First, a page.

I was lucky again as there was a mini bus to Villazon about to go he 5 minutes later and we were on our way this time a good paved Rd all the way to Villazon. Another crazy driver! Lonely Planet gave estimates of 2 1/2 to 3 hours or 1 1/2 hour In the reverse direction (Villazon to TYupiza). Things flattened out a little bit and we were there in just over an hour! Passed a policeman with radar just sort of resting, if he was active our driver would have been in big trouble!
Took a quick taxi to the border (with Argentina). Villazon gets a bad Lonely Planet write up but it didn’t seem too bad to me better than La Quiaca I’d say.
Border crossing – stamping stamp out bag x-ray, 5 to 6 minutes tops, no migration card for Argentina hope they weren’t supposed to give me one!
So yeah the road was much better, and the driver of our mini-bus was super-fast, equals super insane but yet not as bad as the previous bus driver! It was a prettier driver along a sort of valley, curvy road for much of it. I could have had to wait a couple of hours in Tupiza, but I was so fortunate that this mini-bus was full and ready to go as the bus from Atocha pulled into the bus station, I just somehow found myself on the way to the border before I knew it.
Villazon, the Bolivian border town, is bigger than I was expecting and didn’t seem too bad. The border is over this bridge, and there are a lot of little shops in this strange street that leads up to the border in Villazon. It was really quiet and a little eerie on that day. I was able to change some Bolivianos to Pesos at a little shop, I think the rate was okay, and the border formalities were almost non-existent.
I had worried that this border might be tricky in some way, or at least tedious, but it was neither. There was a line of people waiting at an office door filling in forms (For Argentina I think) and I thought initially I would need to line up there too, but as it turned out I asked a guard who took me to the booth and I was stamped in – after paying the $100USD reciprocity fee for Australians (which I believe is now waived) – put my backpack through this x-ray machine and walked into Argentina over the bridge.
La Quiaca was very dusty too. Unlike the Bolivian side there wasn’t much in the way of shops or people on the street looking to exchange your money, which was a little strange.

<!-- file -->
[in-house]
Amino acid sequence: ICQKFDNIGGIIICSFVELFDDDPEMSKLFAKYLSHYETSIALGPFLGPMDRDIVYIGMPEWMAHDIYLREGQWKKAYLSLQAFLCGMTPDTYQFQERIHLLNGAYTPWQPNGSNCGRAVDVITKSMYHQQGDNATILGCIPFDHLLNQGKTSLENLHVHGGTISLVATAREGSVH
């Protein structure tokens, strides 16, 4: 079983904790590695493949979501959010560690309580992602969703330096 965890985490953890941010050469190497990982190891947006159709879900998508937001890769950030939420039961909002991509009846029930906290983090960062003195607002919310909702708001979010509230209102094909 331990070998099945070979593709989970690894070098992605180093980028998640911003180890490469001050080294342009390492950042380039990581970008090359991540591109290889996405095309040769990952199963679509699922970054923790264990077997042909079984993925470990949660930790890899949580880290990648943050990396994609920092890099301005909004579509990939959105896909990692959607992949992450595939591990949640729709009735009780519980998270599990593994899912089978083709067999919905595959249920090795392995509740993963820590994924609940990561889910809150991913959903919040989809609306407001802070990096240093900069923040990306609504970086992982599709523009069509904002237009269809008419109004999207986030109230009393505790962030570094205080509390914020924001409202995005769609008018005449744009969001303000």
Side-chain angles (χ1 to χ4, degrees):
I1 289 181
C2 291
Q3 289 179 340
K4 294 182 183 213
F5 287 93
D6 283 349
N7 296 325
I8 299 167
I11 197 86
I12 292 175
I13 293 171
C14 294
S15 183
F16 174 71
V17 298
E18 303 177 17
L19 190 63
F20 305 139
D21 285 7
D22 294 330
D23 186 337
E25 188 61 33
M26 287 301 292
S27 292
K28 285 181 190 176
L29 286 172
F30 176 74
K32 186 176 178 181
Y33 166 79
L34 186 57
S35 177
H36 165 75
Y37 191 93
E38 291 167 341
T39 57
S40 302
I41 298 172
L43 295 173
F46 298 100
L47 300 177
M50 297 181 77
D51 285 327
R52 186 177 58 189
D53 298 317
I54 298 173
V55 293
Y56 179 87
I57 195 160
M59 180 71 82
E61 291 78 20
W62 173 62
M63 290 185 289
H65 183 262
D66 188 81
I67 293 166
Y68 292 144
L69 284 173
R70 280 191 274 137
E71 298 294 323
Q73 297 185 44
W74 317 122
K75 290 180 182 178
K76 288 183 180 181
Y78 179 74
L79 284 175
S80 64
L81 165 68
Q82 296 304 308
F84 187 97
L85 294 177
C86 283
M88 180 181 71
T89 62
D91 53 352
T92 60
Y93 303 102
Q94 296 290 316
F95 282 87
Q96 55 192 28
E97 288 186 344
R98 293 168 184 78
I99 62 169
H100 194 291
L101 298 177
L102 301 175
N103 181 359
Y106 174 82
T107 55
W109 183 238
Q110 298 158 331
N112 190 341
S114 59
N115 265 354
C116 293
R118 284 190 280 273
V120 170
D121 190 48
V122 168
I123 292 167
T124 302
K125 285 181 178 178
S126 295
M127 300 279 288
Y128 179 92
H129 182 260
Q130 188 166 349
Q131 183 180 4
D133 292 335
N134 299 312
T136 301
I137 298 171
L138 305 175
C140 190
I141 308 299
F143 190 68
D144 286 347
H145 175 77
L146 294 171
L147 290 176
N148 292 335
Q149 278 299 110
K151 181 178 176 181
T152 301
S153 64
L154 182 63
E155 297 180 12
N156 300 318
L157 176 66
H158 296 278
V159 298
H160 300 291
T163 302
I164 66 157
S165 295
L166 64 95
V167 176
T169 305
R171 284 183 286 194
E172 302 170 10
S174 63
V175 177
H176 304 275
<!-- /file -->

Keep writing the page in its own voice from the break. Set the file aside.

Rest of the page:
Finally though, from the diary again –
Walked through the typical dusty streets and found Hostal Copacabana – 250 Argentine pesos a night shared bathroom rooms nice enough, Wi-Fi rubbish thus far.
I walked to the bus station and got a ticket to Salta 8:50 AM tomorrow then a quick supermercado stop, and now I’m here doing the diary.
So yeah, La Quiaca small enough that I walked to the Hostal Copacabana. It was okay actually, but shared toilet wasn’t great because during the night it absolutely pelted down, and I think the power went out too. I went to a nice hotel for dinner where I wrote the diary entry the excerpts I’ve used today came from. The rain actually was a complete surprise, it was such a dry area it was the last thing I expected.
All in all I left Uyuni at 6am, and crossed the border probably around 4 – 5pm. The was a one-hour time difference so I would have lost that hour. So if I crossed at 4pm, in Argentina it would have been 5pm.
It’s s trip that has stayed in my mind for four years now, mostly because of the bizarre landscape and conditions that this old, large, battered bus drove in by a driver who didn’t seem to care too much if there was more damage done to the bus. This is overland travel by public transport for you though in South America, and one thing it is for sure, is an ADVENTURE. Remember – it is all about the journey.
A small room in a hostal on the border was my refuge for the night, with another bus journey ahead of me the next day to Salta, but the roads were much improved, the bus more comfortable and no changes were necessary. It was quite the contrast!
Thanks for joining me today on my journey down memory lane as it were! May the Journey Never End!